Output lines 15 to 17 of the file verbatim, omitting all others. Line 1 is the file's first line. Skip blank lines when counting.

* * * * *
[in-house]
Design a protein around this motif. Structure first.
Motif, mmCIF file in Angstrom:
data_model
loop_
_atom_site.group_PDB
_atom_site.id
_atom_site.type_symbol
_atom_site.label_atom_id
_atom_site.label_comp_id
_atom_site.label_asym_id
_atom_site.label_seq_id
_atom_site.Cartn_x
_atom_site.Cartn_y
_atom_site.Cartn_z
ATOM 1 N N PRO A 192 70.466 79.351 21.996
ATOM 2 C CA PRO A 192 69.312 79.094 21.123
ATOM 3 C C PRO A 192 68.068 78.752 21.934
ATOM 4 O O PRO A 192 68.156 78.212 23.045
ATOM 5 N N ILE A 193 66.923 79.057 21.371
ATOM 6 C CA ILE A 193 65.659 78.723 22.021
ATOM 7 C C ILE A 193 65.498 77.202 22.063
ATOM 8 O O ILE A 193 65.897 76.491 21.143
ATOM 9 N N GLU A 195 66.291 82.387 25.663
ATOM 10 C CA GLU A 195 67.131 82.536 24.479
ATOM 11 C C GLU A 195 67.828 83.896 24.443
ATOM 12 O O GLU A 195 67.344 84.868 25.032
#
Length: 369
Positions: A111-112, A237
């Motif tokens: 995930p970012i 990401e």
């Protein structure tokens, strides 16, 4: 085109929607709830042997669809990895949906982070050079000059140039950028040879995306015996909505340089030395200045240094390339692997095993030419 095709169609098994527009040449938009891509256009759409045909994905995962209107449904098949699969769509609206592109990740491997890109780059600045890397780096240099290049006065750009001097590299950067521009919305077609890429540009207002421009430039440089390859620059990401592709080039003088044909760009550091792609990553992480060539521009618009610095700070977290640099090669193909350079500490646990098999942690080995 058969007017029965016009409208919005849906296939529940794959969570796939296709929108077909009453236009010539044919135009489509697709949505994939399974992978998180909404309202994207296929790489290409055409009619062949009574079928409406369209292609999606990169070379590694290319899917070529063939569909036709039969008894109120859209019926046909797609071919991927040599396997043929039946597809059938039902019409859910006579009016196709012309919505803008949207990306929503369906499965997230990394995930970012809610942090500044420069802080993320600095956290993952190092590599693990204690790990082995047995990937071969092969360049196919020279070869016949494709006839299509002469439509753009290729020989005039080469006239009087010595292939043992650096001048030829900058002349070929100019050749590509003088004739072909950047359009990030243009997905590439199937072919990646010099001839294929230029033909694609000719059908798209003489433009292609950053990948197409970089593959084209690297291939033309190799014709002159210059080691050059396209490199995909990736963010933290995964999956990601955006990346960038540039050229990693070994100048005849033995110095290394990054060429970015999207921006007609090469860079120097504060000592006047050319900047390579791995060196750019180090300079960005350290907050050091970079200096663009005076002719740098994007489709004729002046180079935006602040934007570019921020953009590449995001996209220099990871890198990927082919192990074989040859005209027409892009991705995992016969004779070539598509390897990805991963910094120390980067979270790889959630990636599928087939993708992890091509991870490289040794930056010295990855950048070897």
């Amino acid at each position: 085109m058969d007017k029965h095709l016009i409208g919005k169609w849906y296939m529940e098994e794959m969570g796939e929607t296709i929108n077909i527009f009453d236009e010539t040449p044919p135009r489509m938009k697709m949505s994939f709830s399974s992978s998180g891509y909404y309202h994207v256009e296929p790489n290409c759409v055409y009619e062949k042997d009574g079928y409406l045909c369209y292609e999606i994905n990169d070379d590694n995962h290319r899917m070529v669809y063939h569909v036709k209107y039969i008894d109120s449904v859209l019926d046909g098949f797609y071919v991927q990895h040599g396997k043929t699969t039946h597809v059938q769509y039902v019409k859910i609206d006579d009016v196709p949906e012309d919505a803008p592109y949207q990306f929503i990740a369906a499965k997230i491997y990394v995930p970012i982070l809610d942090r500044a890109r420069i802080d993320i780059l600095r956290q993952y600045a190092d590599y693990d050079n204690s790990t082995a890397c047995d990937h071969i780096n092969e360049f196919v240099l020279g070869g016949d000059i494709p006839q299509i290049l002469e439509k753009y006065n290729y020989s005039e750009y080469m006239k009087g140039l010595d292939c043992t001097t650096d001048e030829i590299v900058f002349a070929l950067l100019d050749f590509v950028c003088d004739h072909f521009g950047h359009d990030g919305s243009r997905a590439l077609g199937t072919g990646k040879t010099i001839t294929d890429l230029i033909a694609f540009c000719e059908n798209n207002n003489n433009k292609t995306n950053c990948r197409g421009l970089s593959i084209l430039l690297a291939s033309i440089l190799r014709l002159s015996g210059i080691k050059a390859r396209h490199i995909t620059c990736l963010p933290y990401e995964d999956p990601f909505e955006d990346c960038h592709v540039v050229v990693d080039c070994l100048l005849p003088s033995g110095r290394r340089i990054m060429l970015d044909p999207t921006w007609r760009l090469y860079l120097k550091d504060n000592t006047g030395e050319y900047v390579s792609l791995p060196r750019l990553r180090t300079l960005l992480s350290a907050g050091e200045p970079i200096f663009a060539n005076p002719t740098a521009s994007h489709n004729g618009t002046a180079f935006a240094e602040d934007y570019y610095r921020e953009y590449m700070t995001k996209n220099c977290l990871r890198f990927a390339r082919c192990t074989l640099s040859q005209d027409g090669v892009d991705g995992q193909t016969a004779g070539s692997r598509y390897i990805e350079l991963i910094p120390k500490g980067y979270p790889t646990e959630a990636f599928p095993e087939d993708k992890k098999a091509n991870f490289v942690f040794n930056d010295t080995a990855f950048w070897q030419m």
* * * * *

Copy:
_atom_site.Cartn_z
ATOM 1 N N PRO A 192 70.466 79.351 21.996
ATOM 2 C CA PRO A 192 69.312 79.094 21.123